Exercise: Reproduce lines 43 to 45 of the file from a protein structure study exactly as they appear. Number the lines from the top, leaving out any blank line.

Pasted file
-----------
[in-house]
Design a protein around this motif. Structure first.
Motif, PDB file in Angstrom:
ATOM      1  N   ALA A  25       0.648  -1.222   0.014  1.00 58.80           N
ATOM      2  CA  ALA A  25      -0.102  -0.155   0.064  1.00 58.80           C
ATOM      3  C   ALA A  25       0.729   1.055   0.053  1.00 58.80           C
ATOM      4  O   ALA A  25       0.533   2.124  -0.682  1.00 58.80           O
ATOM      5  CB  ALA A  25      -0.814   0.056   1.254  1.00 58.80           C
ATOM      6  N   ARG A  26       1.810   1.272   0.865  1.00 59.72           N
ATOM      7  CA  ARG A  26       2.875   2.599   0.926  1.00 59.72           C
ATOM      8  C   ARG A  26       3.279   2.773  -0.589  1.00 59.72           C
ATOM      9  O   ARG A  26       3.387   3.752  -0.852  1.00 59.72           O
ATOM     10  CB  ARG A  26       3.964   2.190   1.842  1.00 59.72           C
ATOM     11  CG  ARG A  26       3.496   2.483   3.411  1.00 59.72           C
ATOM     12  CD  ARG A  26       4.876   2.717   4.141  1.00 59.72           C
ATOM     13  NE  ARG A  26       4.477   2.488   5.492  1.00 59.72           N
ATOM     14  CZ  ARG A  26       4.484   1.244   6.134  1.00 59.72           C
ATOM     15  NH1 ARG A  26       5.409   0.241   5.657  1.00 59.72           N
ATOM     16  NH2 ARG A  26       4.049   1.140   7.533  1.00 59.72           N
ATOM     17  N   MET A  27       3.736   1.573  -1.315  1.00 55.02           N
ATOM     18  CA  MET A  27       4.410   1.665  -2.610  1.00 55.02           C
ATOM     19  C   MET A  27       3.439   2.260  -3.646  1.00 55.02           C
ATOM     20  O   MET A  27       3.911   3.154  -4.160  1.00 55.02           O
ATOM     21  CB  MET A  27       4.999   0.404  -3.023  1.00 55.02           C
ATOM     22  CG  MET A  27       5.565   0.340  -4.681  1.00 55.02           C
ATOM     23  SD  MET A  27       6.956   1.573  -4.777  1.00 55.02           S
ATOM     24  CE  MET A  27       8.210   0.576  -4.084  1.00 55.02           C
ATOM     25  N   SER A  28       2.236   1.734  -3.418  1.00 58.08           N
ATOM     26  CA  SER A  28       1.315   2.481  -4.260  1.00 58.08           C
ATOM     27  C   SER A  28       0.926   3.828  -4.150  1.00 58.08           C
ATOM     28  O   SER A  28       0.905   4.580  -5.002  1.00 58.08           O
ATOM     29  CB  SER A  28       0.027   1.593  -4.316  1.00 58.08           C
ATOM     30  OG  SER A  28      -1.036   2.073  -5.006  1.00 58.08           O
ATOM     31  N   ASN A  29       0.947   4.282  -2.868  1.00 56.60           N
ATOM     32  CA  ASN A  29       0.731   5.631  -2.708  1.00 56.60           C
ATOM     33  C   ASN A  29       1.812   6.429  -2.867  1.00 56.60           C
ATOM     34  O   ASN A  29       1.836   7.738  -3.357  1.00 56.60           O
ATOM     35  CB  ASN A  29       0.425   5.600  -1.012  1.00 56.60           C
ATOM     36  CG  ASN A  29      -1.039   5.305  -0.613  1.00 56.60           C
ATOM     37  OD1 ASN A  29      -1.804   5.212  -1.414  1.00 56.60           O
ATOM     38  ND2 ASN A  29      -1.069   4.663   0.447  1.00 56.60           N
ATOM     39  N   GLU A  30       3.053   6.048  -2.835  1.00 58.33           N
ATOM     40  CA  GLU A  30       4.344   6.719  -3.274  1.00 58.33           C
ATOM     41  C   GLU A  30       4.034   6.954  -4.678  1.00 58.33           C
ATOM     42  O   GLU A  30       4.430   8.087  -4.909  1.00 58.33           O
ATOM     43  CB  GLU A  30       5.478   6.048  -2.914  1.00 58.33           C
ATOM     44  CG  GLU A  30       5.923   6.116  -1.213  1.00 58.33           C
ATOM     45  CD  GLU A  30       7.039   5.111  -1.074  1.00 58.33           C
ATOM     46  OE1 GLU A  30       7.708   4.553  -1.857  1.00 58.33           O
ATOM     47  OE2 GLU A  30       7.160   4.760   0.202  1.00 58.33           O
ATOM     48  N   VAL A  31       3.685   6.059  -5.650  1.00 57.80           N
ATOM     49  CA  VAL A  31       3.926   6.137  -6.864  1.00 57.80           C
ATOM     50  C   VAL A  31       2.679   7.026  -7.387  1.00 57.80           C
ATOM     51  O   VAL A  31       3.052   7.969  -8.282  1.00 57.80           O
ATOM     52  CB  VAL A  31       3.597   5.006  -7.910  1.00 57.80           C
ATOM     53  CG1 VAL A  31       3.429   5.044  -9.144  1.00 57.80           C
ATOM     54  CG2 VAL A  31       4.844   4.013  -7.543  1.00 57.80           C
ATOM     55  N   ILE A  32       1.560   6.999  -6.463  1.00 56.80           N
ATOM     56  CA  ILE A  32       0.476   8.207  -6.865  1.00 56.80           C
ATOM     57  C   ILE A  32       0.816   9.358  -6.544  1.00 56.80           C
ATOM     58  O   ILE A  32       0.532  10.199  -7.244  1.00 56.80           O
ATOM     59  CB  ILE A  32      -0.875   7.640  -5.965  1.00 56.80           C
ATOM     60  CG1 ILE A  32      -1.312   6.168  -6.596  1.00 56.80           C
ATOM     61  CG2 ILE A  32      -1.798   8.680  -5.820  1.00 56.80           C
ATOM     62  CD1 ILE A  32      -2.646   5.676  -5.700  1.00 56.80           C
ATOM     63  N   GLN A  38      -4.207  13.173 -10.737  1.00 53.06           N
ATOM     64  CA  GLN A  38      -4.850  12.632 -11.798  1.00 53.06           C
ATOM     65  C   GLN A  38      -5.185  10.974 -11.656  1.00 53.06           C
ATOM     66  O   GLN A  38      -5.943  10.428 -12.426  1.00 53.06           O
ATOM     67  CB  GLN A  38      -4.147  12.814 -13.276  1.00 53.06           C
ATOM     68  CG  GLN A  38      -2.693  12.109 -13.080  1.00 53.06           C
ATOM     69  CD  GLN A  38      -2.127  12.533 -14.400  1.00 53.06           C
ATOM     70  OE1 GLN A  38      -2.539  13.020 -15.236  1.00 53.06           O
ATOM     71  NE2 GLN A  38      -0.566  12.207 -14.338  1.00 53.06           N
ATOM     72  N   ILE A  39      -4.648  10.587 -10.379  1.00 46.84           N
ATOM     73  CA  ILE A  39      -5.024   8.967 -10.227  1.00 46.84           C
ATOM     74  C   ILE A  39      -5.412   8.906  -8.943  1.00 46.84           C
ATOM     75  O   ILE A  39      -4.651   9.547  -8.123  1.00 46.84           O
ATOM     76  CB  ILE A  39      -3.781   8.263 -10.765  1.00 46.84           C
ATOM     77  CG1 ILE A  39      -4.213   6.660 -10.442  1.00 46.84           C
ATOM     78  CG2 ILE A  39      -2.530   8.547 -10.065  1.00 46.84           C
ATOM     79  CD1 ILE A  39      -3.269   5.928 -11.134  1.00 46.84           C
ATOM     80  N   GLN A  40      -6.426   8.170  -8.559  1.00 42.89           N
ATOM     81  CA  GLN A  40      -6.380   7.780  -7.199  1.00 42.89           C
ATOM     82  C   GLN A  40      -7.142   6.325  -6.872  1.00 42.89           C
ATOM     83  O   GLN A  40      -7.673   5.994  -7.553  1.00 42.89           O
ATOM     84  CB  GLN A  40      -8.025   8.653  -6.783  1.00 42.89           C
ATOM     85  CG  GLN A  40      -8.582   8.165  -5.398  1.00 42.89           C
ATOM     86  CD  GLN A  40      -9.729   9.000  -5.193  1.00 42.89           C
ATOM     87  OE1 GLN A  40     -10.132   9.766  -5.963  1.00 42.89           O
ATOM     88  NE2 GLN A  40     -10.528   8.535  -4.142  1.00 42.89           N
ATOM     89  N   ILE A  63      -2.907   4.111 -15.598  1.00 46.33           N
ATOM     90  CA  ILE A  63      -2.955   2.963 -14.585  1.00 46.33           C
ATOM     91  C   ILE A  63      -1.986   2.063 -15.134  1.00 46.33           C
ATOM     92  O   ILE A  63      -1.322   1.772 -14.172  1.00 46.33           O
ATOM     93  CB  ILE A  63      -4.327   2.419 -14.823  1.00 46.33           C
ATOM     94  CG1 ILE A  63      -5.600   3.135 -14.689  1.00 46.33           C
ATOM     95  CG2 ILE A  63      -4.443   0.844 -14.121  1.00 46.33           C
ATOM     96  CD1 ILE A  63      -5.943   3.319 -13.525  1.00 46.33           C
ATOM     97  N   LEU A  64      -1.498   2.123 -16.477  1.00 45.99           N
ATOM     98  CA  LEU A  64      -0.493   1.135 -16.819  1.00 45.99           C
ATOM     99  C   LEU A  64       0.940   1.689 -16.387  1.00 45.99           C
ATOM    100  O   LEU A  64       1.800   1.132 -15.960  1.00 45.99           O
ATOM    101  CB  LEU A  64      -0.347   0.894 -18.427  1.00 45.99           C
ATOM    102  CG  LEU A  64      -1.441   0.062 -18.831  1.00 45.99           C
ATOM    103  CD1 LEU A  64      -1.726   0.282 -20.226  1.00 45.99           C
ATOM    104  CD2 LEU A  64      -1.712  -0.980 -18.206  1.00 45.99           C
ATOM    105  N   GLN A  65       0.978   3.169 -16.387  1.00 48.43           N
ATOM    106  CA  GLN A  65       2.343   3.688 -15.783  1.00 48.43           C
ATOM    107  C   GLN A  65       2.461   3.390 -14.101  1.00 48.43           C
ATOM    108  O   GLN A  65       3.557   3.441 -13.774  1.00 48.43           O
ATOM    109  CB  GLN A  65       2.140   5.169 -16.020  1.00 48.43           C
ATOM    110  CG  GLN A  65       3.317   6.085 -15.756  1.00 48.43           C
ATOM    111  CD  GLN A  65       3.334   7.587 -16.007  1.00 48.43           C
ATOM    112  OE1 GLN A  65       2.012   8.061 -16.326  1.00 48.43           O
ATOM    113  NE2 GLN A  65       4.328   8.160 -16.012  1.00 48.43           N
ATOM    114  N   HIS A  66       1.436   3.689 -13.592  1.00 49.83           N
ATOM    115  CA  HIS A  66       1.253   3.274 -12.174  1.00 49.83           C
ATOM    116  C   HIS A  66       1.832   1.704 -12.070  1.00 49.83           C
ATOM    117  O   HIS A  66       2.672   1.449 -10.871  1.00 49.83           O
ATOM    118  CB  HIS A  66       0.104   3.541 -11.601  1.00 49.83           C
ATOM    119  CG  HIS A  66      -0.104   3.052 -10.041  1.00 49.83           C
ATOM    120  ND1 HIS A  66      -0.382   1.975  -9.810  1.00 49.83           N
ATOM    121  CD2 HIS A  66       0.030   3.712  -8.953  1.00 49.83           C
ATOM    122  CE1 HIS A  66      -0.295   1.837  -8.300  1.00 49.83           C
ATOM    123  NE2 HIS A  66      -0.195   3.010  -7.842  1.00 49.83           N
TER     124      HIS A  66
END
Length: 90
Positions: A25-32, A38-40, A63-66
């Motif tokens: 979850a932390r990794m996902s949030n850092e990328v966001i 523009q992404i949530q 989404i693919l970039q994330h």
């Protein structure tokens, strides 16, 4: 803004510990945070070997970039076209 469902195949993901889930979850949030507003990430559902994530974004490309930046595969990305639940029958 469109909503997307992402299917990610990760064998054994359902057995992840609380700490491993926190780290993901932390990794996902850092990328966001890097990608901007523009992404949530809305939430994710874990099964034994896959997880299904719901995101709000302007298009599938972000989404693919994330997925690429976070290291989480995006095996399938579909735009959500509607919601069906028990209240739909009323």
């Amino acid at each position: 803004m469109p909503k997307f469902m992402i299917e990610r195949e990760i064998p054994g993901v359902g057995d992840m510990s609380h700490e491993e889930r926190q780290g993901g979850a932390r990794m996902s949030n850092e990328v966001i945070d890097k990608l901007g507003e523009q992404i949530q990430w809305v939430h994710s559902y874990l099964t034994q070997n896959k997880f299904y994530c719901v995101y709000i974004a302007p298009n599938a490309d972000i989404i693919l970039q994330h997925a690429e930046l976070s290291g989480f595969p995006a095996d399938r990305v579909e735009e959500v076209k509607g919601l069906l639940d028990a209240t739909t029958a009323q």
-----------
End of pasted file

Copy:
ATOM     40  CA  GLU A  30       4.344   6.719  -3.274  1.00 58.33           C
ATOM     41  C   GLU A  30       4.034   6.954  -4.678  1.00 58.33           C
ATOM     42  O   GLU A  30       4.430   8.087  -4.909  1.00 58.33           O